What really sets WiGL apart, though, is that this process can take place while these device-receivers are in use, and in motion. A WiGL network will “follow” these device-receivers’ movements, just like a WiFi signal, until they travel out of range. When a device-receiver does suddenly move out of the range of one transmitter, a seamless handoff then takes place, and another transmitter picks up the device-receiver and the process continues. If this sounds vaguely familiar, it’s because, in the cellular world, this is referred to as “roaming.”

Wireless power sets the stage for industry benefits

While many companies continue to try to innovate on the wireless power transfer model, the WiGL design utilises the first patented technology of its kind enabling devices to access power wirelessly the same way we access internet, cellular, or data, to potentially provide infinite connectivity and infinite mobility.

While this technology could mean incredible benefits for numerous everyday battery-operated devices, like smoke detectors or key fobs, in the near future, conveniently it can mean benefits for any current IoT device right away. For example, current smartphones are perfectly suited to utilise and benefit from WiGL in the short term. Smartphones are designed with large batteries to sustain a longer charge, but theoretically, with WiGL transmitter grids in place, anywhere in the world could feasibly be, itself, a large battery. This could be a potential catalyst for more streamlined smartphone design, with minimal internal batteries allowing for smaller, slimmer bodies, more flexible usage, and possibly a lower cost.

New technology, same concerns

A technology this innovative doesn’t come without concerns, and the safety and fallibility of a deployed, cellular-like network that provides power the same way WiFi provides internet certainly raises questions. WiGL’s answer to these questions is subsequently the continued comparison to WiFi.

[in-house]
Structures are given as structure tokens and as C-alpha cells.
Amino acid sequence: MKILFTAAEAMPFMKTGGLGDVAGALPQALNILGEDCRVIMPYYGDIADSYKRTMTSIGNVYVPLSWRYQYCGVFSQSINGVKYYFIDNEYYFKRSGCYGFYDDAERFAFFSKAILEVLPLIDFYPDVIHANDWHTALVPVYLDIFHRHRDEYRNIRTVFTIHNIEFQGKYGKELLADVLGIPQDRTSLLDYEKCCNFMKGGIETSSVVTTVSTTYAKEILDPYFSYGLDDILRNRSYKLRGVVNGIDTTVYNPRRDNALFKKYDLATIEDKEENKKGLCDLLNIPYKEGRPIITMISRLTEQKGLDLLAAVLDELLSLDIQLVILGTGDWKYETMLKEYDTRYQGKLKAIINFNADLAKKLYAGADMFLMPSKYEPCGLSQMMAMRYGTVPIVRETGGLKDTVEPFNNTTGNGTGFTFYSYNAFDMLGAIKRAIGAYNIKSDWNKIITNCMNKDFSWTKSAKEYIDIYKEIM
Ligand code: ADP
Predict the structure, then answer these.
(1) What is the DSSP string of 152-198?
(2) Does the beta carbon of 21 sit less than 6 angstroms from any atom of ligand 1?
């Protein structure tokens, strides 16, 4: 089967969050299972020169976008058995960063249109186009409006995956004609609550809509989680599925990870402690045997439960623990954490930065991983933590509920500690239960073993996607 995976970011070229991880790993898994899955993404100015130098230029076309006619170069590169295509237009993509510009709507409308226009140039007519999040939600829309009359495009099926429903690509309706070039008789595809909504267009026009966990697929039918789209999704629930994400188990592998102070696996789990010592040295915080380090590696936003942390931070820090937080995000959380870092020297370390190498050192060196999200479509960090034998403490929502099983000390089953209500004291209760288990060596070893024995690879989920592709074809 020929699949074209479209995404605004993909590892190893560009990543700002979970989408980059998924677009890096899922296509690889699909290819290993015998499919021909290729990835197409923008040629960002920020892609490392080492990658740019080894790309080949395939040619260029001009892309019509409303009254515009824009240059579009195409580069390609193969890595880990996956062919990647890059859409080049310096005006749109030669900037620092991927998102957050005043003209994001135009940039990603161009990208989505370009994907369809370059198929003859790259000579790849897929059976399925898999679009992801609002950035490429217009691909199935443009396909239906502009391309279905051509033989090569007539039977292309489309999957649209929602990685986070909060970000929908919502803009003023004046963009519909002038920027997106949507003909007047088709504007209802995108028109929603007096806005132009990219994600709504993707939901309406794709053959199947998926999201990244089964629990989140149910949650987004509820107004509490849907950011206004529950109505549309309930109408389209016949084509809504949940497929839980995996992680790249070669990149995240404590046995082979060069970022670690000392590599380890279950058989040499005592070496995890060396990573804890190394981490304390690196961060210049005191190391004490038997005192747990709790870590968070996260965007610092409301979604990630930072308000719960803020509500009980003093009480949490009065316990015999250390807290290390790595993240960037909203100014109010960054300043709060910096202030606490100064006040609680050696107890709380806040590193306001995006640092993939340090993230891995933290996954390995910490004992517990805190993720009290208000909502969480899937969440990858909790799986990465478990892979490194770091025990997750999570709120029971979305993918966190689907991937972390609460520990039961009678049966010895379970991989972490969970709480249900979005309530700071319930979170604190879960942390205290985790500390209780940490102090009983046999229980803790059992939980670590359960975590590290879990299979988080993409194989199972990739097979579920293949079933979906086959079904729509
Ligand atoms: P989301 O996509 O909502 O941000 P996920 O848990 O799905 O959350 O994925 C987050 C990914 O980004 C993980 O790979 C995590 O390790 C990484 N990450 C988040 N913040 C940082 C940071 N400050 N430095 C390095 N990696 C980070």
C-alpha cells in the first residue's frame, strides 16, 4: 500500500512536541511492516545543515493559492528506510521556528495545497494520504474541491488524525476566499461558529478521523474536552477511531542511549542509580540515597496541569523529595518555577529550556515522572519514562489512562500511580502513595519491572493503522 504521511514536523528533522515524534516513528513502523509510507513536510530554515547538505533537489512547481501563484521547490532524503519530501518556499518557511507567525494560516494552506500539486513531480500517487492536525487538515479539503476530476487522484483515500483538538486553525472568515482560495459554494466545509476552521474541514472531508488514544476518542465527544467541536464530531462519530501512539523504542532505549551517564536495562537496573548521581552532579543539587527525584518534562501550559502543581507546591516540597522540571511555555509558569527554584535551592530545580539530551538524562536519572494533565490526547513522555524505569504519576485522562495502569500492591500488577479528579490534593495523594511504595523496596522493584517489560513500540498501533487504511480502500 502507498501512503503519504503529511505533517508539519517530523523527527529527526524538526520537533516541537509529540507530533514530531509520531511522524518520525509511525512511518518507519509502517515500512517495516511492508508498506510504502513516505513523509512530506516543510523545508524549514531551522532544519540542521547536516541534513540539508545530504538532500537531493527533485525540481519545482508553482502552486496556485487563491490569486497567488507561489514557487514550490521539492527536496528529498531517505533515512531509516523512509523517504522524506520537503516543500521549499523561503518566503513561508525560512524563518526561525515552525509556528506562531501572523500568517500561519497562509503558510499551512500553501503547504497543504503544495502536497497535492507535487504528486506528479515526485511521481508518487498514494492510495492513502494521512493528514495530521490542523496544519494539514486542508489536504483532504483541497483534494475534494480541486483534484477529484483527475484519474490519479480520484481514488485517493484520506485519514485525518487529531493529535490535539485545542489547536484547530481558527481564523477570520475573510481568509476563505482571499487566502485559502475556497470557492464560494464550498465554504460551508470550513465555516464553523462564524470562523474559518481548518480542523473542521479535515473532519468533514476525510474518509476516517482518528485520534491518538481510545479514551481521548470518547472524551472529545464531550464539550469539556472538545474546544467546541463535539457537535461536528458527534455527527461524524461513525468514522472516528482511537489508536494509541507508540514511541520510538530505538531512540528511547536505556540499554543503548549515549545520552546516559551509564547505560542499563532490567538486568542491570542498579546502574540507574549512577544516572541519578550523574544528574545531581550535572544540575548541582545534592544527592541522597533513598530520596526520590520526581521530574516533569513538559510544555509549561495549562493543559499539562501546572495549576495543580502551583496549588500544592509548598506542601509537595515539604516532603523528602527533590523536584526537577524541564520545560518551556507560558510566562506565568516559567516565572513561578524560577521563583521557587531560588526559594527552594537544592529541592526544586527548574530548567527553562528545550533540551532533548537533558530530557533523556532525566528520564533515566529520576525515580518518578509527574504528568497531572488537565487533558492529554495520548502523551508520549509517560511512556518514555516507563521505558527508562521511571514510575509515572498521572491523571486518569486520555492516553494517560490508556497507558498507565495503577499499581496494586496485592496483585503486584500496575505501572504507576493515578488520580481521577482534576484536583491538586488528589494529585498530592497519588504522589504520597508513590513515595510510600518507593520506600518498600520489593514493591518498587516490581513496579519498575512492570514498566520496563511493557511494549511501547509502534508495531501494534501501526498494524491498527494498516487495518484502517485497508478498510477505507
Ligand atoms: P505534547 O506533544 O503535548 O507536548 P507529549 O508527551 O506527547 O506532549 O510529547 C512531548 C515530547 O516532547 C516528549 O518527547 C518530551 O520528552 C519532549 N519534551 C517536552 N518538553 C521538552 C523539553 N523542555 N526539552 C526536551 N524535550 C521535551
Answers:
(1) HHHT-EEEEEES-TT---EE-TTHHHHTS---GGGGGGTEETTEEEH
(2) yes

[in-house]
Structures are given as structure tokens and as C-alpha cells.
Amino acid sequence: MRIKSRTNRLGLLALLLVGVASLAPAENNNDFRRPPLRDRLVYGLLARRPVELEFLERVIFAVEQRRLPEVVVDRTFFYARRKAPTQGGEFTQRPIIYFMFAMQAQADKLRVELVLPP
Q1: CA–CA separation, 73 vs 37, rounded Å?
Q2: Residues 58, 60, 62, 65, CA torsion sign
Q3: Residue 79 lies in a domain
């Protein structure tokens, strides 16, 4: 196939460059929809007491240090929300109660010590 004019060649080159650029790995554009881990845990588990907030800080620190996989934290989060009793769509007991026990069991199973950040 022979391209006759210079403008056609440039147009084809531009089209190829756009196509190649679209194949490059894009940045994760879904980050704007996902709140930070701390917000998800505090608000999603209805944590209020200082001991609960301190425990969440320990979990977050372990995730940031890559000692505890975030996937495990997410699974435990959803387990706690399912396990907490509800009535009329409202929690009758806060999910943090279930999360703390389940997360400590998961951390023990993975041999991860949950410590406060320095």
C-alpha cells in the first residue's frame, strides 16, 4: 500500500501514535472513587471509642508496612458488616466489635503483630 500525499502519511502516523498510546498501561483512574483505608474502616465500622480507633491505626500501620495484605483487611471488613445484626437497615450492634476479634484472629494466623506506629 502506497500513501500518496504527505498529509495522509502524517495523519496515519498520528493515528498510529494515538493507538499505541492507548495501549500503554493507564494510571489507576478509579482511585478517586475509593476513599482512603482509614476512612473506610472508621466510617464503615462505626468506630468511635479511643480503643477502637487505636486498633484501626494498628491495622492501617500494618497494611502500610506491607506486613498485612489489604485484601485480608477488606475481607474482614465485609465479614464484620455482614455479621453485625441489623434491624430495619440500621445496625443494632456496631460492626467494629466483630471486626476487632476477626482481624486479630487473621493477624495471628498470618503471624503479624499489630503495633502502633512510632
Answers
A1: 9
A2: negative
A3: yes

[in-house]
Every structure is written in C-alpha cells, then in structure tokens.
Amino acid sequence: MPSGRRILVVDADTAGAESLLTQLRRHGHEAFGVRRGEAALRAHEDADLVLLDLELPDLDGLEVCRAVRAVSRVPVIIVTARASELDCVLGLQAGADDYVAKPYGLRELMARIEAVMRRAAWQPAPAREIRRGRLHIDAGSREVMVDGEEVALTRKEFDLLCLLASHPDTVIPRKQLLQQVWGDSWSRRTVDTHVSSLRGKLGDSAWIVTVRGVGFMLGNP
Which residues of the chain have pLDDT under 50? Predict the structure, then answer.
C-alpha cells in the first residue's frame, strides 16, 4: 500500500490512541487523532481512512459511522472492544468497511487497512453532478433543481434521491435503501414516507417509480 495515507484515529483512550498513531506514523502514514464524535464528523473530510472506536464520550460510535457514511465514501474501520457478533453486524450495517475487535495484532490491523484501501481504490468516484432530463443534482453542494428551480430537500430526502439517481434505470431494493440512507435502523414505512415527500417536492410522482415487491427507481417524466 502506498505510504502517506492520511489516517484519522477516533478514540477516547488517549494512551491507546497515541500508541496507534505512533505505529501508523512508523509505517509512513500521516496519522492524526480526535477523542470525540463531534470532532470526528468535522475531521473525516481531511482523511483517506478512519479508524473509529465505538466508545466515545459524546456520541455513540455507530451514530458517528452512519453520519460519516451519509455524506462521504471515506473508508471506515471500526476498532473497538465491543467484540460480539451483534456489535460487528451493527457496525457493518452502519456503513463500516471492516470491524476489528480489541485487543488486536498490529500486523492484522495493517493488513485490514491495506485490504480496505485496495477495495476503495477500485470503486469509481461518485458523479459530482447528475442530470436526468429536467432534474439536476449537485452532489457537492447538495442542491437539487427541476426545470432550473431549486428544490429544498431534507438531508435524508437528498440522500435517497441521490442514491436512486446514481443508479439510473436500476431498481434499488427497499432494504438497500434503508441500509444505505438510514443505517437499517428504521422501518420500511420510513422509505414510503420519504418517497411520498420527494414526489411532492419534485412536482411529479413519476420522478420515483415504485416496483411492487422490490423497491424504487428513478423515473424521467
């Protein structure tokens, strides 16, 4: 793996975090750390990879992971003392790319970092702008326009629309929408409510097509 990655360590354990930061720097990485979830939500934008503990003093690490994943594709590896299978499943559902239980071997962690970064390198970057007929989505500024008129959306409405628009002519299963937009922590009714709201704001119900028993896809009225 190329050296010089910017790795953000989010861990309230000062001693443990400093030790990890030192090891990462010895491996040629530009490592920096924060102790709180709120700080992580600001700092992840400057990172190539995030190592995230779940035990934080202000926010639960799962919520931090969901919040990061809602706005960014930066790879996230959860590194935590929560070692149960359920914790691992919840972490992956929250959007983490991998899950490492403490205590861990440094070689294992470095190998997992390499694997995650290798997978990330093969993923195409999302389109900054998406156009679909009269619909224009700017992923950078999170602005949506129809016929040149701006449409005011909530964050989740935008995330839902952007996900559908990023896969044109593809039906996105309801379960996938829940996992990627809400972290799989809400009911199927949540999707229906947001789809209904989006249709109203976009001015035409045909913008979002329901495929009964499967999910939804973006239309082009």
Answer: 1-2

Like a WiFi network, WiGL’s patented technologies essentially capitalise on pre-existing ones, as well as competitor technologies, linking them all together in a meshed network of wireless transmitters. All of these transmitters have already met all FCC certification requirements, and WiGL will follow all of the same standards and protocols as WiFi has always had to.

WiGL’s third capability demonstration, presented in conjunction with Florida International University, and published by Scientific Reports demonstrated enough wireless energy to safely recharge a smartphone at five volts between three transmitters, while the device was in motion and roaming. What that suggests is even as WiGL is already developing applications for military use with a few more enabled WiGL transmitters, there certainly could be a future of infinite mobility not so far off.

The author is Cherif Chibane, CTO at WiGL.

Comment on this article below or via Twitter: @IoTNow_OR @jcIoTnow